My deck has become their Playboy Mansion. I can't tell if their night howling is from ecstasy or pain. Maybe it's just me--I never can tell. After the third litter had been born in my yard and cat urine overpowered the honeysuckle, I decided the time had come to close them down.

I have some control of my back yard because it has a fence around it and I have some experience in making animals do what I want. The fence was an attempt to keep two black labradors and one brown cocker spaniel from destroying the neighborhood. This attempt turned out to be a challenge of the human intellect versus animal drive and passion. Drive and passion won. I hoped this time would be different.

I knew their two favorite places to enter the yard were from under the fence. I carefully blocked both openings and, after several failed attempts was successful in closing off their entryways.

I came home one night and squealed to a stop in the driveway as a cat was having his way with a feline in the spot where I park. He was built like a boxcar and was not about to stop. He glared at the car daring it to come any closer. He won. I retreated to the house whispering mia culpas for the interruption.

Yesterday I noticed a hole had been ripped into the fence at a different place.

Human intellect versus animal passion--passion wins every time.

Tuesday, August 2, 2011

Six Universal Laws of Vacationing with Grandchildren

I recently spent a week with three grandchildren ages two, four and six. Some of what I observed happened so frequently and consistently, I believe they must demonstrate basic truths of spending time with small children. I share them with you in the hope that you will benefit from my experience.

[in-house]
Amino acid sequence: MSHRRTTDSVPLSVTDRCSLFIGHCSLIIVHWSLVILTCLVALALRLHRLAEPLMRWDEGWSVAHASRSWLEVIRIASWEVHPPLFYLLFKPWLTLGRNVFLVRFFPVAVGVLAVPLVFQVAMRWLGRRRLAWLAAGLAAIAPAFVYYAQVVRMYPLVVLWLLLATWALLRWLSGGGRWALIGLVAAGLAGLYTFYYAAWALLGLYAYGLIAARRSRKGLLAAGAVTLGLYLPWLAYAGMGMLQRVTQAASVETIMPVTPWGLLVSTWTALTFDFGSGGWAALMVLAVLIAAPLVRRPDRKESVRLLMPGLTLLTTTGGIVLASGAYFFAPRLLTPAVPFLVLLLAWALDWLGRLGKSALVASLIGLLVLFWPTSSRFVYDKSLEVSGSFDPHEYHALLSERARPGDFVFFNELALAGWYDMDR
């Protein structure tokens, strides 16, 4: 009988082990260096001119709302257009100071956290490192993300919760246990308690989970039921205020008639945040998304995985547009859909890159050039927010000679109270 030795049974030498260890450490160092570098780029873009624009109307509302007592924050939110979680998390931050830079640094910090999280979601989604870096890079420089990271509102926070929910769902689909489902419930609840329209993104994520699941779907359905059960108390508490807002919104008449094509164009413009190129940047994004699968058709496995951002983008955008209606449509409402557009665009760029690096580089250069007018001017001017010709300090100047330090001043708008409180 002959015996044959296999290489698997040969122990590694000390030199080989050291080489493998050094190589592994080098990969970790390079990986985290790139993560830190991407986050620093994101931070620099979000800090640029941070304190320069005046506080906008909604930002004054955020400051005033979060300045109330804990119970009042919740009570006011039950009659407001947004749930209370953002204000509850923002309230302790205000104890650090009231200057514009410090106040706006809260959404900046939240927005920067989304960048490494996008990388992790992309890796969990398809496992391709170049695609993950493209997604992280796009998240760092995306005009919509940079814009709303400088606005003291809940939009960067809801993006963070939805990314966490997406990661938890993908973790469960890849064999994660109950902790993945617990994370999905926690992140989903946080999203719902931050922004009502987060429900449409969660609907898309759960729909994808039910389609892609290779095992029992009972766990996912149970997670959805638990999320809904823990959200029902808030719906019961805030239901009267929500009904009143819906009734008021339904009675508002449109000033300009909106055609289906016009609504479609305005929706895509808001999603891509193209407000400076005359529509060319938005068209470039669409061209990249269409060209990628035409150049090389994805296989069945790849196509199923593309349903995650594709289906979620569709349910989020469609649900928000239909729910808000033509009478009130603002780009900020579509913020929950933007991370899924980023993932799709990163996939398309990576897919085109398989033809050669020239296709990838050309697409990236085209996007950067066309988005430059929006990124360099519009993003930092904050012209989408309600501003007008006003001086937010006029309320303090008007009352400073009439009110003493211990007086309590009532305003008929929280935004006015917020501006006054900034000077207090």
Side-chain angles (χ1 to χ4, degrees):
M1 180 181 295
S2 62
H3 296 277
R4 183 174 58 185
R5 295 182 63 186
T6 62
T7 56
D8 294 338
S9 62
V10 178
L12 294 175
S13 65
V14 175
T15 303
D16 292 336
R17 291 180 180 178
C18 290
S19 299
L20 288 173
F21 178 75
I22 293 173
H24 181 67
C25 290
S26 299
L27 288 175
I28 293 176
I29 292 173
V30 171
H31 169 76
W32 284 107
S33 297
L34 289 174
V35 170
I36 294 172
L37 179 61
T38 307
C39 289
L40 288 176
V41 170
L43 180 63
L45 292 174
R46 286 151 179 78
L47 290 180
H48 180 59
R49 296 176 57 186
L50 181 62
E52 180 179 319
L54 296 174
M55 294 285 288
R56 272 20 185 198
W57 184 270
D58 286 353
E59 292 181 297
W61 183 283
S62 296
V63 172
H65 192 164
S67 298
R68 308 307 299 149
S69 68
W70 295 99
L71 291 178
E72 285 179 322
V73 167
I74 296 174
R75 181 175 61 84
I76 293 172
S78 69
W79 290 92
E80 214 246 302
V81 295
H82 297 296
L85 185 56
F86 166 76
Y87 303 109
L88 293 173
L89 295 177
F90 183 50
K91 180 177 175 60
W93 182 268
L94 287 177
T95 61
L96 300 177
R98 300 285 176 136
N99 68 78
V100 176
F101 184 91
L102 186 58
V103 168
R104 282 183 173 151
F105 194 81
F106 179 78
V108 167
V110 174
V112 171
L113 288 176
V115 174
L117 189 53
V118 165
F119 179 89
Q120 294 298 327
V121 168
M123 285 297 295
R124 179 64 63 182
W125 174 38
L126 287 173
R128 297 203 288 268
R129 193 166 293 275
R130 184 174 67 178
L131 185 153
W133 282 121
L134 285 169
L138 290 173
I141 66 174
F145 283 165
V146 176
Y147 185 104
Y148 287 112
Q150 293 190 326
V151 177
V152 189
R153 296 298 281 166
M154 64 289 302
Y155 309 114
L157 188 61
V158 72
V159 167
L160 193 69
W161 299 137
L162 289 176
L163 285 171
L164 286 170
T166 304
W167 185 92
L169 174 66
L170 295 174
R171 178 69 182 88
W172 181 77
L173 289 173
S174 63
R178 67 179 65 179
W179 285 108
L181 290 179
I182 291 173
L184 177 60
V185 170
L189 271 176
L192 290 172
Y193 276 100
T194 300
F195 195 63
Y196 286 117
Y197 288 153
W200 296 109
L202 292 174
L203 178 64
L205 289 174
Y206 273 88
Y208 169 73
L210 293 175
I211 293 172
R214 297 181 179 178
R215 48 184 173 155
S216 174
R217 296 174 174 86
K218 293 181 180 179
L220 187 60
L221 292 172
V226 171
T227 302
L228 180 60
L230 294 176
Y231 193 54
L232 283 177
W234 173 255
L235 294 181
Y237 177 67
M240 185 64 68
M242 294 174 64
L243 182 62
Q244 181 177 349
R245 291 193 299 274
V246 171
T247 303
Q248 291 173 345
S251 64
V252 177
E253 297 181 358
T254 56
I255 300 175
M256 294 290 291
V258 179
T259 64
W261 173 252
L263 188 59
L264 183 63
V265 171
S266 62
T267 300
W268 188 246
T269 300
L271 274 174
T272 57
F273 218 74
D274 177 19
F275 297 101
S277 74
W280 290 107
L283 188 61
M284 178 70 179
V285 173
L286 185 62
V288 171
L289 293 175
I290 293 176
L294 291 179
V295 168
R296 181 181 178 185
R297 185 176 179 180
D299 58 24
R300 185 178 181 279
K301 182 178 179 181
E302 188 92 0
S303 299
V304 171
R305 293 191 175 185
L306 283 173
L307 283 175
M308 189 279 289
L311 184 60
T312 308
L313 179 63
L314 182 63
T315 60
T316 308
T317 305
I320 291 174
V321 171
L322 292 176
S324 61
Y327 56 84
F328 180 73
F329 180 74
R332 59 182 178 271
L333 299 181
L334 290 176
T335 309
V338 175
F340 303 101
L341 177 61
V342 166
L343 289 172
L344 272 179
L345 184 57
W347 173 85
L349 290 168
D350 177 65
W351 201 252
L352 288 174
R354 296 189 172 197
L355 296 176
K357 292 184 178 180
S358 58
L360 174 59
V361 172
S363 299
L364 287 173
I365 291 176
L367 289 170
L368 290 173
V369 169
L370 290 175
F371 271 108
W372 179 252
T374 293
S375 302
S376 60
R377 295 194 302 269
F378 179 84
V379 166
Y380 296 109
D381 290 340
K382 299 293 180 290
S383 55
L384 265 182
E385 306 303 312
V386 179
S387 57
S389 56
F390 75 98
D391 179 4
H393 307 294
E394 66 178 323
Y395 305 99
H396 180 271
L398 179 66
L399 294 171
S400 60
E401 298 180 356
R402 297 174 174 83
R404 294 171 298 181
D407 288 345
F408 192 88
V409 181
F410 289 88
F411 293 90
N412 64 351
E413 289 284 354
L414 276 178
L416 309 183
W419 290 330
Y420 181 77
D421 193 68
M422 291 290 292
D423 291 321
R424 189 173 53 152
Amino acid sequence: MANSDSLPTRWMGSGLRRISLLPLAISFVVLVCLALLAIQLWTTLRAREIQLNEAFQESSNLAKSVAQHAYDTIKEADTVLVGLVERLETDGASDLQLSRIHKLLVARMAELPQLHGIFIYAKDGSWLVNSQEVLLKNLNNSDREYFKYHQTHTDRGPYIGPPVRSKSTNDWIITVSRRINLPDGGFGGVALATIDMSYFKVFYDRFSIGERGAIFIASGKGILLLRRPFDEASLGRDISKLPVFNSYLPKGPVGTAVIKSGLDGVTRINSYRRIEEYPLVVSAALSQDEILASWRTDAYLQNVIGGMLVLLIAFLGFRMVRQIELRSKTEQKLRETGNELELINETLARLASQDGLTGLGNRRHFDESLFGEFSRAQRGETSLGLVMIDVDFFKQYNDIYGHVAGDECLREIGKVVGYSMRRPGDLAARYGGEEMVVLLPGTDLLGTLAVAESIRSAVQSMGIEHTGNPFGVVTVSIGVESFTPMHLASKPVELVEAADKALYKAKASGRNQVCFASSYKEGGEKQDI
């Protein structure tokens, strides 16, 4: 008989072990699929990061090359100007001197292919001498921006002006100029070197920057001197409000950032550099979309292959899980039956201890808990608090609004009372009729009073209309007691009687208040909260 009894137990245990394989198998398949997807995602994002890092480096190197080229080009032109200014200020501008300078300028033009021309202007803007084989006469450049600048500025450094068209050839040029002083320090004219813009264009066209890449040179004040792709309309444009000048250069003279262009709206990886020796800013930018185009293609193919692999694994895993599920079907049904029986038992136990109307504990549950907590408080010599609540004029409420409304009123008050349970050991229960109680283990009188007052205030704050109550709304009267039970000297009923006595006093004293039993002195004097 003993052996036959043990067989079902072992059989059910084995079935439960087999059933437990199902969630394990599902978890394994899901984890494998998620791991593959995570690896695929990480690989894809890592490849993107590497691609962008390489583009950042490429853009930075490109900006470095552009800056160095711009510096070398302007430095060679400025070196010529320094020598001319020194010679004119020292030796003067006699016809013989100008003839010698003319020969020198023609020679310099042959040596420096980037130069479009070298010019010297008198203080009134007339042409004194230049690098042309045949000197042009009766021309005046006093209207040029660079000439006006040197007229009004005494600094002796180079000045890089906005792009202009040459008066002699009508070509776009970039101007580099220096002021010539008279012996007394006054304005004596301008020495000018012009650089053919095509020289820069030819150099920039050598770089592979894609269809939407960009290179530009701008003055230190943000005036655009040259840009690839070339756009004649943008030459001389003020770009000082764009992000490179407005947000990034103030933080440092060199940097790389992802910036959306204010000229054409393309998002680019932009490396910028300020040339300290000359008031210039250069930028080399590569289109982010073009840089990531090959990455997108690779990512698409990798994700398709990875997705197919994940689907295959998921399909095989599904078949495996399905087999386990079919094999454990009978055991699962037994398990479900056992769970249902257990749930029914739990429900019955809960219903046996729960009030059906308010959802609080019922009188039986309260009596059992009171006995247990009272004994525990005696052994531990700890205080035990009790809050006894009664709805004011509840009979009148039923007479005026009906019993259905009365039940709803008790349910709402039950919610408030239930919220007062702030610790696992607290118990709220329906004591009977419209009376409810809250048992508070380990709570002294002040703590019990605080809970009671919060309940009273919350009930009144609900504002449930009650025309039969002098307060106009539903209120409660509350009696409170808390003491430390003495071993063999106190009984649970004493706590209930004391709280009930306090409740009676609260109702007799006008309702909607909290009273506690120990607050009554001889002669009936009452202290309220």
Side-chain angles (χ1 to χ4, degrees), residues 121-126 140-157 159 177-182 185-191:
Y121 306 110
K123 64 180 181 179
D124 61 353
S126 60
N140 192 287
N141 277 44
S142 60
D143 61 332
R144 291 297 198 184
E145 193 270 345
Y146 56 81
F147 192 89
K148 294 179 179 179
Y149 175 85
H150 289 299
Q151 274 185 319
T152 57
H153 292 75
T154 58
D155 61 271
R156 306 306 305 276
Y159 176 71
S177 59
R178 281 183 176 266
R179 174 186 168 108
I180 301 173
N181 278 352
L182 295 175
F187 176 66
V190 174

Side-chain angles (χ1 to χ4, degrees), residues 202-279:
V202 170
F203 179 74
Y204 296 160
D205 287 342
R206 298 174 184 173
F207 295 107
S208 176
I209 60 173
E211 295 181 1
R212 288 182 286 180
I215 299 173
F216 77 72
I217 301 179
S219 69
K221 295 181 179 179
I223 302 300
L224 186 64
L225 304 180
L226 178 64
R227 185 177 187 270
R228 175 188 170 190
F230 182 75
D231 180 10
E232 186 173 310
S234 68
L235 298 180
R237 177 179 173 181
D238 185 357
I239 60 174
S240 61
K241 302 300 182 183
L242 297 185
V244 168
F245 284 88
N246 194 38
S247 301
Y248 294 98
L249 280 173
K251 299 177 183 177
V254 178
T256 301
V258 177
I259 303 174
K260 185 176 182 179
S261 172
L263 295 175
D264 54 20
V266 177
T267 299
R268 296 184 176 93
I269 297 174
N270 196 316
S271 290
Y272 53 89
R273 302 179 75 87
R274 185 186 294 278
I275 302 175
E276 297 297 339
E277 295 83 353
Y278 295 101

UL #1: Do not plan on sleeping in. Young children wake up fully wound up and ready to go. They do not need an alarm clock, wake-up call, or reason to get up early. Good luck with finding the time to brush your teeth and using the bathroom. If you're looking for a place to rent to vacation with small grandchildren, your first question should be, "Do the bathrooms have locks?"

UL #2: You cannot, under any circumstances, buy enough food. So you went to the store and bought enough food for a small city. Tomorrow you will need something else--not just anything else--something of unnatural importance, something you cannot be without, like air. The second question you should ask, "Is there a large grocery store nearby that is well stocked?"

UL #3: There are never enough adults. We had three adults and three children. The adults were hopelessly outnumbered. For one-half of a day we had five adults--that was a little better. No matter how many adults, the following will still happen: the two year old will disappear, he will climb somewhere the adults consider dangerous, he will run naked. The older children will crave your attention at the same time, will crave something to eat, drink, do, or watch. There will be moments when none of the adults will know where they are or what they are doing.  

UL #4: Grandmothers are indispensable. Grandfathers are fairly useless unless given a specific task by the aformentioned grandmother. Suggestion--if you're a grandfather without a wife--borrow, rent, kidnap, somehow find one to take along. Out of respect to other grandfathers out there, this may be my own personal law. You might have that innate ability to know what needs to be done and how to do it. I am missing that gene.